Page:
Freshman Democratic Assemblyman William McCurdy has committed not to raise money from anyone with interests before the Legislature during the 2017 session should he become state Democratic Party chairman.
McCurdy’s disclosure came in response to an inquiry from me for my Sunday column about a relatively meaningless ethics law.
The so-called blackout law says lawmakers cannot raise money for 30 days before and after the Legislature and during the session. In the past, the law has been found not to apply to lawmakers seeking federal office.
“This is an issue I looked into before I made my mind up to run for state party chair,” McCurdy said in an email. “A sizable proportion of the state party’s fundraising each cycle falls into the federal category. Even though it’s perfectly within the bounds of the law to raise federal funds for the state party, if I'm elected Chair I’ve committed to not raise any federal money during the blackout period from lobbyists or corporations with business before the legislature.”
That’s pretty admirable.
But it’s also clear that McCurdy, who is expected to have the backing of most elected Democrats, has thought through the fundraising issue. He added:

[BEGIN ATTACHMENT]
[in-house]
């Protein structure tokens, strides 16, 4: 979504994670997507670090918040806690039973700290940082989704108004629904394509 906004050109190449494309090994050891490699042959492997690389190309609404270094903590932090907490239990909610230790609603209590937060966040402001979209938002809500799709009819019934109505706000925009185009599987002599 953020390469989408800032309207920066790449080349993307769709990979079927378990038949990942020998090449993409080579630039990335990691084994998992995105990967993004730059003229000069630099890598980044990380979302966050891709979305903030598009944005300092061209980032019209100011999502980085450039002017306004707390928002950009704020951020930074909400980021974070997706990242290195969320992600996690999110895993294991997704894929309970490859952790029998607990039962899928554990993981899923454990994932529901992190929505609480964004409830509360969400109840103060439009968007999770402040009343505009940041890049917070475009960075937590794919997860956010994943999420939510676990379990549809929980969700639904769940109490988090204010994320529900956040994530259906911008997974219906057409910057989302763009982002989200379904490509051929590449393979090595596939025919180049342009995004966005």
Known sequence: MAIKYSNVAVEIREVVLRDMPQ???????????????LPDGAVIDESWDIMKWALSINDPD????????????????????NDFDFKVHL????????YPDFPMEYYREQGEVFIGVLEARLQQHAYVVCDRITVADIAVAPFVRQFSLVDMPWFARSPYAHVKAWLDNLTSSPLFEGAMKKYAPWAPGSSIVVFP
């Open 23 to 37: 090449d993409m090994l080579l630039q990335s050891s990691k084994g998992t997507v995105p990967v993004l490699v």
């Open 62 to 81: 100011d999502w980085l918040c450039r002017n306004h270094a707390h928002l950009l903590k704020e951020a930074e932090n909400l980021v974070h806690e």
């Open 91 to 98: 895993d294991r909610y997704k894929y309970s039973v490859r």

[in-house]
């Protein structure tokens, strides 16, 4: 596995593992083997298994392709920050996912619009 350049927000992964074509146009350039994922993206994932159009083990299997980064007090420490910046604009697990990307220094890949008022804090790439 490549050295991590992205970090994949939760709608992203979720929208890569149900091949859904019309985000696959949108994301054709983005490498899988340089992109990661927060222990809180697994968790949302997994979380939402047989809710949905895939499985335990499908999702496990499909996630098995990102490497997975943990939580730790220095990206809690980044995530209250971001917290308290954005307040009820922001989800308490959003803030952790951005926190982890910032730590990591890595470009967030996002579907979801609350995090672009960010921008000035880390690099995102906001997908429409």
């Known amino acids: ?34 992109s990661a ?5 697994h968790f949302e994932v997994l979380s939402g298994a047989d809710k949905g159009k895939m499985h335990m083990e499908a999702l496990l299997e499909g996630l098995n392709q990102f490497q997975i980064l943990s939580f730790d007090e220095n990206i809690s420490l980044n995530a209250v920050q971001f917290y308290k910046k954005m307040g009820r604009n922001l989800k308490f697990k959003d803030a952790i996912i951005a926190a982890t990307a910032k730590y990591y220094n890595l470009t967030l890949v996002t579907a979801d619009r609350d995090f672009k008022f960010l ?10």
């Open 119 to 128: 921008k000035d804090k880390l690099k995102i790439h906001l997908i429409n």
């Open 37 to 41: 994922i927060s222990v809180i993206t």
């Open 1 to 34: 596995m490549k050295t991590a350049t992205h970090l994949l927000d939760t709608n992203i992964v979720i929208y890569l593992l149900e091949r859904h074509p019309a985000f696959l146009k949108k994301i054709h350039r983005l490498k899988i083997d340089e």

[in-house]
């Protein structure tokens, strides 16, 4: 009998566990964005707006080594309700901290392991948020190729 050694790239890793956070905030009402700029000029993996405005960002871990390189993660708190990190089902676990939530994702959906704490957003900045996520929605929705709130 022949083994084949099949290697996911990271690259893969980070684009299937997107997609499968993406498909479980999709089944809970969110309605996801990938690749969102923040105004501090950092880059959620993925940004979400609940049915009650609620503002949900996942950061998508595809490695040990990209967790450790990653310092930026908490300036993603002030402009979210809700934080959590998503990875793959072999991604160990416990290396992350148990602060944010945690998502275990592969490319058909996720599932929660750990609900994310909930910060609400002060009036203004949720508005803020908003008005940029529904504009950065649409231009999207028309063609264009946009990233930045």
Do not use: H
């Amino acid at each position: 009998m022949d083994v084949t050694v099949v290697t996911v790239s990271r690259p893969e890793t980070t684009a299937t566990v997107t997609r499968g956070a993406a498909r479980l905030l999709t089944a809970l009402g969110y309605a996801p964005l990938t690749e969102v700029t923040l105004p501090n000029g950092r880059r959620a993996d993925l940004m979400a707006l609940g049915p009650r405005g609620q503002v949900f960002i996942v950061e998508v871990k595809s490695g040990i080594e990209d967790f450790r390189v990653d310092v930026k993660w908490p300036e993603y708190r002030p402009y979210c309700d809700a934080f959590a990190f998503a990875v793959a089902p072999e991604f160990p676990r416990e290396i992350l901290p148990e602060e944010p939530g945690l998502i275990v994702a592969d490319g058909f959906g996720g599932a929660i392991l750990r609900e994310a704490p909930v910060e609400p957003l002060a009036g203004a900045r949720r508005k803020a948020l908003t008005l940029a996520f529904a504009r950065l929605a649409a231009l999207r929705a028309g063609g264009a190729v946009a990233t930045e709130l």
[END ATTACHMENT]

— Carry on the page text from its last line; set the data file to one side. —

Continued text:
“Part of my agenda for the state party is long-term sustainability. To support year-round field/research/communications programs, I would invest in a more robust small-dollar fundraising program and form a Finance Council to make raising money a community effort, so that the focus of fundraising isn’t entirely on the Chair’s office. I'm also proud to have the support of many of the state's top elected Democrats and they've assured me they’ll work to ensure the party continues to be successful and well-funded for 2018 and beyond.”
The election is March 4 in Las Vegas. McCurdy is facing other relative unknowns, including Bernie Sanders backer Owen Carver, who has been endorsed by former Democratic National Committeewoman Erin Bilbray. Bilbray originally filed to run for chair, then dropped out a few days later to endorse Carver.